Rock the Street, Wall Street encourages girls to pursue financial professions


Sophia Maxim

Rock the Street, Wall Street encourages financial and investment literacy for high school girls.

Shay Bowman

In the finance sector and related fields, women in the U.S. are three times less likely to pursue a career in finance compared to men.

Financial literacy is not taught in most high schools and a reported 80% of teachers do not feel capable of teaching the concepts. Rock the Street Wall, Street, a non profit organization, hopes to lessen gender disparities in finance and give female students exposure to investment literacy.

“I love the club’s core mission, which is to close the gender gap in those fields of business, economics, finances, etc,” John Cowan, the club’s sponsor and Economics teacher, said. “The ladies at Invesco do an awesome job of bringing a new voice for the girls in Rock the Street, Wall Street.”

Invesco, an investment management company, is one of several groups that volunteers to answer any financial questions and give the club support to achieve its goals. Alicia Tran is the lead coordinator at Midtown.

“I got involved in Rock the Street, Wall Street through my company, Invesco, because they have a partnership with the program,” Tran said. “We’re a finance company and we think it’s really important to give back to the community. I was motivated to volunteer because I wanted to give back. I’m really passionate about women in finance and I think it is so important to have financial literacy.”

Tran thinks it is particularly important that high school students have access to financial tips before college and before they begin their independent lives.

“I think [learning about finance in high school] is so important because financial literacy means setting yourself up for success,” Tran said. “At the end of the day you’re going to have a job and make money and there are a lot of things you have to do with that money. Whether it is paying for housing, investing it, medical bills or groceries, students have to know how to manage money. Understanding how to manage money is the number one thing to making good financial decisions and living your best life.”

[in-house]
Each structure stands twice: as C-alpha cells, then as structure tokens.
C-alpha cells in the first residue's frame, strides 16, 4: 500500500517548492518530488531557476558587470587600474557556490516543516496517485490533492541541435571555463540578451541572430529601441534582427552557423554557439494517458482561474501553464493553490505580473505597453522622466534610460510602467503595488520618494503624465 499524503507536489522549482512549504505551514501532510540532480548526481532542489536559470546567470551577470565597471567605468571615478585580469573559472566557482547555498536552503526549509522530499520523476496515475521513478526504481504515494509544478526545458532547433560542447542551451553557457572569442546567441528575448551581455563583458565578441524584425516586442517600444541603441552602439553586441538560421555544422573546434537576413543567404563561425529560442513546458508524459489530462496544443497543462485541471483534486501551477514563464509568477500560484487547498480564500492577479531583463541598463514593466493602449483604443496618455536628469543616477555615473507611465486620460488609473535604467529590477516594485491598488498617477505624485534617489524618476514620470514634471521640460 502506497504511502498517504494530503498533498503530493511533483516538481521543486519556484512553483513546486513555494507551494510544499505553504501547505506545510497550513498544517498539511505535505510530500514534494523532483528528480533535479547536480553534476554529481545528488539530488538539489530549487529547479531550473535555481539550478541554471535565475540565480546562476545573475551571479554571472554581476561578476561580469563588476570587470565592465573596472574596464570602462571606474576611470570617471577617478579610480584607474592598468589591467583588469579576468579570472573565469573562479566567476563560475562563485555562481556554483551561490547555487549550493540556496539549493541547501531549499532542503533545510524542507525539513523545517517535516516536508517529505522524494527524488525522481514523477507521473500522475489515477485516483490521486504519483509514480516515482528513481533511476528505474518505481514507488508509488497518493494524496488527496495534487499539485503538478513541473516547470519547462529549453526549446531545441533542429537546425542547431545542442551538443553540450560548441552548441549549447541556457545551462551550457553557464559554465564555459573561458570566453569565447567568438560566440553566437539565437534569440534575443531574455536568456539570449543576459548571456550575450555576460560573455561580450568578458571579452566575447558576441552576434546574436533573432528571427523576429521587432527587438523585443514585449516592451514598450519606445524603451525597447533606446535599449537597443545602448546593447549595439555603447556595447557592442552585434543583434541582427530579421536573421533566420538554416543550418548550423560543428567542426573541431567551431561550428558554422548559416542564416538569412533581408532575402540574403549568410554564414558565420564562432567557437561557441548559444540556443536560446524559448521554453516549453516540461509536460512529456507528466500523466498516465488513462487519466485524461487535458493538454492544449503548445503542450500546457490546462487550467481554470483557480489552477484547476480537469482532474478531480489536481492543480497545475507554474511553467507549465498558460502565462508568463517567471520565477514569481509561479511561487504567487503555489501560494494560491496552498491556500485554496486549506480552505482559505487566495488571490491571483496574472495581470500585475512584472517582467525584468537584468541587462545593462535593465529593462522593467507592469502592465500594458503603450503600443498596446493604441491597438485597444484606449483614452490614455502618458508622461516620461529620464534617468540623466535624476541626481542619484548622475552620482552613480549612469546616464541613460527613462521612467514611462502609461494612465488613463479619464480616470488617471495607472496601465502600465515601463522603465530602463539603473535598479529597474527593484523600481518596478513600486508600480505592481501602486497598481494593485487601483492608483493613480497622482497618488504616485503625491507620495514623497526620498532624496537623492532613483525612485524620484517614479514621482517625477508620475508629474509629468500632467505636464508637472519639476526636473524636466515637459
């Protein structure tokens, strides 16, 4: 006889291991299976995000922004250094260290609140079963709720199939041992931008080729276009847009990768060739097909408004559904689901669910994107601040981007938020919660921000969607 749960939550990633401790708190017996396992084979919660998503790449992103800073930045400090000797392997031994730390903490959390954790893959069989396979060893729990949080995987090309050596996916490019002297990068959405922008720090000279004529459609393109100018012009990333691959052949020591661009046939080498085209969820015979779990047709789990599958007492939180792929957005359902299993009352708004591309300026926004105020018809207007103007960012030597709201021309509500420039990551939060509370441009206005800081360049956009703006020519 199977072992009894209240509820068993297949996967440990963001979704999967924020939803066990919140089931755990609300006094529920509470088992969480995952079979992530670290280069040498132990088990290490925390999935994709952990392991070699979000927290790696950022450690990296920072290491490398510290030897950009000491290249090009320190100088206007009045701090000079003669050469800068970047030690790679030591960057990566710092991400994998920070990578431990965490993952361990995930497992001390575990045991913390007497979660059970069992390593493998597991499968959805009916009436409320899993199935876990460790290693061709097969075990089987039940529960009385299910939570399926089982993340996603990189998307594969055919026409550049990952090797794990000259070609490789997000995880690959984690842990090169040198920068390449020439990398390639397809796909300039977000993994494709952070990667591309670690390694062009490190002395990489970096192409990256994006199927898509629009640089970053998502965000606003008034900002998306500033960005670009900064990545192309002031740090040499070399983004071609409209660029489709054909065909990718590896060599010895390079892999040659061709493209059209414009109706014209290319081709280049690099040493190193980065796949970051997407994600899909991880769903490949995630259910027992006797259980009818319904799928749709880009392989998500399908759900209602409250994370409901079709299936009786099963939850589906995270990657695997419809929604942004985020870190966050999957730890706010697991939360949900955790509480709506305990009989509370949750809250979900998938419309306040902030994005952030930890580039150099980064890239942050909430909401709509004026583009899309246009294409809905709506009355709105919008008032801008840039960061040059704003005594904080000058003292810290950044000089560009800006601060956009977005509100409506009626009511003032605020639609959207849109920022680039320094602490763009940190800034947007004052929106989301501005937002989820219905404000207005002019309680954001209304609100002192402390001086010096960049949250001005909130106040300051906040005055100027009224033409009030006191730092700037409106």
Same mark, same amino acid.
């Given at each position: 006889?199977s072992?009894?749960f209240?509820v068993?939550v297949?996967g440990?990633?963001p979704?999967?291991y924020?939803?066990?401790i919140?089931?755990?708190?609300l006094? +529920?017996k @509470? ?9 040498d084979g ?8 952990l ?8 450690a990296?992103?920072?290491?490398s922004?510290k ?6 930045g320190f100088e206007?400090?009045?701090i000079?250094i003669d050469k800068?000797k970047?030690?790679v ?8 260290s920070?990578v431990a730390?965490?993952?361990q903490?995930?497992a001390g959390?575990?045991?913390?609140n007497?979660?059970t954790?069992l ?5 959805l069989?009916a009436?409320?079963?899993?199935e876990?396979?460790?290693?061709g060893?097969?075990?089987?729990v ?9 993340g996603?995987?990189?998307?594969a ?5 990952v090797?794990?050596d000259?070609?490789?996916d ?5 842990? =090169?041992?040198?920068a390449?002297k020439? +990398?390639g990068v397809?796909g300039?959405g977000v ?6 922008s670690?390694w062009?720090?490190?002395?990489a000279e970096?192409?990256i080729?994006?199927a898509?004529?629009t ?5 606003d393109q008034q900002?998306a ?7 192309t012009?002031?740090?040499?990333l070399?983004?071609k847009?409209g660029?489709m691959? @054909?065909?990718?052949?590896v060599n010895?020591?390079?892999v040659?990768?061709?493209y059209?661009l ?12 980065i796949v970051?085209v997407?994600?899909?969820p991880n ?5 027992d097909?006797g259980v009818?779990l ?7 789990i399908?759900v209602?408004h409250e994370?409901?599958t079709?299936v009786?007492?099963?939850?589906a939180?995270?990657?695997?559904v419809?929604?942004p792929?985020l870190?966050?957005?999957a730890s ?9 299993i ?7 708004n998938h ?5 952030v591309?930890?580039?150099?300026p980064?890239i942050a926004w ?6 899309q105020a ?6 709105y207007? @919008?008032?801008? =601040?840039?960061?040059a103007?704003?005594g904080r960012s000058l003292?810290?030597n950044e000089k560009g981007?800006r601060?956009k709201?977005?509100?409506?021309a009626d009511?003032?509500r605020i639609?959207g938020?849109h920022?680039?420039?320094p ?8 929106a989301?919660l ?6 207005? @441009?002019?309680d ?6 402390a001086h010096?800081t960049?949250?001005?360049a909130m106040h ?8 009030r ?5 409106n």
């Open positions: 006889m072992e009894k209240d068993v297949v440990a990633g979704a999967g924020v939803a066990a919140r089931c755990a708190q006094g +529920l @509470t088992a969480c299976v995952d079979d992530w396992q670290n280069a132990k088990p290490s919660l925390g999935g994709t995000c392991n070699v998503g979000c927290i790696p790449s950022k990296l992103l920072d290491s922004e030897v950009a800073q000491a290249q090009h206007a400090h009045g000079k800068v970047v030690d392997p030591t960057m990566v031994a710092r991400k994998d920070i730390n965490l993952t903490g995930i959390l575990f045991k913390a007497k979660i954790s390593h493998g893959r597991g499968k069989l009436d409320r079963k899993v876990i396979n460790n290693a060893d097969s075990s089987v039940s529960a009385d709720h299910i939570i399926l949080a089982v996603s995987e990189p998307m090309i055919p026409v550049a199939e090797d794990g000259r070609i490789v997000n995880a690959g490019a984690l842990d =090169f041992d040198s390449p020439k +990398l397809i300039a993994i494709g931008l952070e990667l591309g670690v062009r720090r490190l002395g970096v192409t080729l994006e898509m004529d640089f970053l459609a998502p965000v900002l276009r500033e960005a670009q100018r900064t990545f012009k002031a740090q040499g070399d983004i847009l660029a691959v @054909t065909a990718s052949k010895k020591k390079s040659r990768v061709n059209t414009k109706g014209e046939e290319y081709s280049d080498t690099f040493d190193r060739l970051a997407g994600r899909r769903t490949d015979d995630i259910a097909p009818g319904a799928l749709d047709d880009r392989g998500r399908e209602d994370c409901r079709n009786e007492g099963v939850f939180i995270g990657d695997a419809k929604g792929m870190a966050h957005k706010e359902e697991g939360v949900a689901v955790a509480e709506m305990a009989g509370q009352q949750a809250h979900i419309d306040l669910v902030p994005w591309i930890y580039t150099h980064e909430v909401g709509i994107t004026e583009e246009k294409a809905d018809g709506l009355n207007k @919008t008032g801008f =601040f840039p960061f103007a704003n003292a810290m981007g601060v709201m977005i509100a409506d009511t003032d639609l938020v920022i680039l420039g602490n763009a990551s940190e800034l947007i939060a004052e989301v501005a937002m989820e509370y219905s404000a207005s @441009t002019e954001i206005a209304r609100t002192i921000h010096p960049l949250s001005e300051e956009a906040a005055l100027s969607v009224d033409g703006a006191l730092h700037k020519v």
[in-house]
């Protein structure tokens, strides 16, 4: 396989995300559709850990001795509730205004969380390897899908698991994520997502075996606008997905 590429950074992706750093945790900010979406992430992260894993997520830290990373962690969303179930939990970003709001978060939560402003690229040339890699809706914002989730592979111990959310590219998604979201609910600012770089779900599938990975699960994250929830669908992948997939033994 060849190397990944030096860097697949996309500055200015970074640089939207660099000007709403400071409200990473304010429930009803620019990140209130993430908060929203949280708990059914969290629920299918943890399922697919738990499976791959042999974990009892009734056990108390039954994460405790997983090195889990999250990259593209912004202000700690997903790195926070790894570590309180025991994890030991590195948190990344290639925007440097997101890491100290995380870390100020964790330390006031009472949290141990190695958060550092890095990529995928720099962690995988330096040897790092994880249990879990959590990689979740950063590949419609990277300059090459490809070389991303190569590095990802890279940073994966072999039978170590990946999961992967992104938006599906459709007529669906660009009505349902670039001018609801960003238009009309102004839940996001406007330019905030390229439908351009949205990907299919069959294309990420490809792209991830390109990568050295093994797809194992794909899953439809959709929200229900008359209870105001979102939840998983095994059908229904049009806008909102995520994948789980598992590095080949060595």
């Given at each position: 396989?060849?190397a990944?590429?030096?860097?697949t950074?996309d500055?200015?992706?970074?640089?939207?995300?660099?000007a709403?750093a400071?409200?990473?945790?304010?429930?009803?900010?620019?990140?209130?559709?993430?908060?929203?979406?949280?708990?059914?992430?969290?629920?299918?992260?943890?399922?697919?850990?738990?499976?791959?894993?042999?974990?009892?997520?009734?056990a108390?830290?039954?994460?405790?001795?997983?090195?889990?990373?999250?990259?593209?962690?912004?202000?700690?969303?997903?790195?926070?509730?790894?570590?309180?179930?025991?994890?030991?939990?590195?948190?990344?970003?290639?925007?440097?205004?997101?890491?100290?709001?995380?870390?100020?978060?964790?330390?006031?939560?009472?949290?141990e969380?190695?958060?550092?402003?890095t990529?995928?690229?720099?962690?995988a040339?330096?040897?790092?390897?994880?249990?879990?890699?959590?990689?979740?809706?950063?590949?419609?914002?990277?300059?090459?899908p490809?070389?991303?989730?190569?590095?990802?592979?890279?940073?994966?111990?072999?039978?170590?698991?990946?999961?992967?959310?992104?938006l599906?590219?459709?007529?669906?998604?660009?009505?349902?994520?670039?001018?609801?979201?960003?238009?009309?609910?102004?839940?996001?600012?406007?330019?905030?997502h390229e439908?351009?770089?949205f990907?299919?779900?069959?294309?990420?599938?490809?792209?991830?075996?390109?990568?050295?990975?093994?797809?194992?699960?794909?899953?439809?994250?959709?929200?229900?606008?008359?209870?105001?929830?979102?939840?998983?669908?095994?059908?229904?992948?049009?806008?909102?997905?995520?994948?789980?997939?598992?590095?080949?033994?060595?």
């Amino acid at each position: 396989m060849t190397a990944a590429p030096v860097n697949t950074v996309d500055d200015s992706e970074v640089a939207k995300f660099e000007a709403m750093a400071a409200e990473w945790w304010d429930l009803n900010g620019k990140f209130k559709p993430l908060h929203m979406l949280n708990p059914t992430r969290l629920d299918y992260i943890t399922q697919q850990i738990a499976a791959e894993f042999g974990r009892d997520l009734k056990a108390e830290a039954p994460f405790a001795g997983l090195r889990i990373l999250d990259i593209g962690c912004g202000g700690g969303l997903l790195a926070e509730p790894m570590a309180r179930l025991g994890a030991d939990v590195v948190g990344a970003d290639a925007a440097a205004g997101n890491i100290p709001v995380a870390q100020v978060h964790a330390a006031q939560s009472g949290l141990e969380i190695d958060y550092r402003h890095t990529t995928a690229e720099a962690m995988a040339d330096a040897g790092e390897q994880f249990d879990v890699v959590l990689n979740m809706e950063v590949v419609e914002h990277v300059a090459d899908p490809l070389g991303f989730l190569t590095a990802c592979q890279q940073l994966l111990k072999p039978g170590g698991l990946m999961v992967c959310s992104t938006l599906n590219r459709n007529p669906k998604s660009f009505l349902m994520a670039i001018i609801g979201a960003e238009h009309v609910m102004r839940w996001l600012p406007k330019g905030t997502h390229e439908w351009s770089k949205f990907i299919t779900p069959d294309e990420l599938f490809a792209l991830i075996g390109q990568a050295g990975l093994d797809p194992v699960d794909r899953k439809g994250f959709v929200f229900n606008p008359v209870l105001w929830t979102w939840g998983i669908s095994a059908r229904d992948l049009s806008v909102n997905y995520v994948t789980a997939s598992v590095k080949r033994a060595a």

Junior Salaam Awad, the student CEO of Rock the Street, Wall Street, believes that the club prepares members to handle finance on their own.

“I think it is important for girls to have exposure to financial and investment literacy so that they can be independent,” Awad said. “Being financially literate will definitely help with everyday life. It is great to know the information that Rock the Street Wall Street provides regardless of what I want to do as a career.”

Rock the Street, Wall Street is a fairly new club to Midtown. Started in the spring of 2020, Tran has already seen growth in the students she teaches.

“My favorite aspect of Rock the Street, Wall street is the fact that we get to see the high school students grow,” Tran said. “I’ve done this program for two to three years now and it’s a lot of the same people in the classroom that I get to know.Getting to know everyone and to see how they grow through the program is the best part.”

The club has two seasons, one in the fall and a second in the spring. The curriculum, set by Rock the Street, Wall Street, is designed to help girls get the most out of the program. Material is often taught through conversations and questions.

“We have two types of sessions or seasons,” Awad said. “In the fall, it’s more financial literacy based so we learn about stocks, bonds, budgeting and college finance sometimes. In the spring, we do a mentorship program; so we’re learning professional skills like interview skills, resume writing and how to make a LinkedIn profile.”

Typically in the spring, there is also a field trip that the club goes on. In recent years, due to COVID, it has been virtual.

“The past two years, it’s been virtual, but generally there would be an annual field trip,” Awad said. “This year, we virtually visited Invesco. The plus to it being virtual, was that we got to see the firms in Texas and New York as well.”

Junior Sofia Vempala joined the club this year and has grown her understanding of finance. She thinks it is an extremely beneficial club.

“Right now there is a huge gender disparity in the fields of finance and math,” Vempala said. “Usually women are targeted to be taken advantage of in financial situations so they, and everyone, really need the tools to operate independently. The club encourages girls to pursue math and finance and it sets you up for life.”

Rock the Street, Wall Street aims to give girls access to financial and investment literacy and change the statistics. The club has an open door policy and encourages everyone to try it out.

“Rock the Street, Wall Street is probably one of the most important and beneficial clubs to join in high school,” Tran said. “There is so much to learn about things that aren’t in textbooks. Having a space where students can ask questions and talk to women who have dedicated their lives to being financial experts is so valuable because it’s not really taught anywhere else.”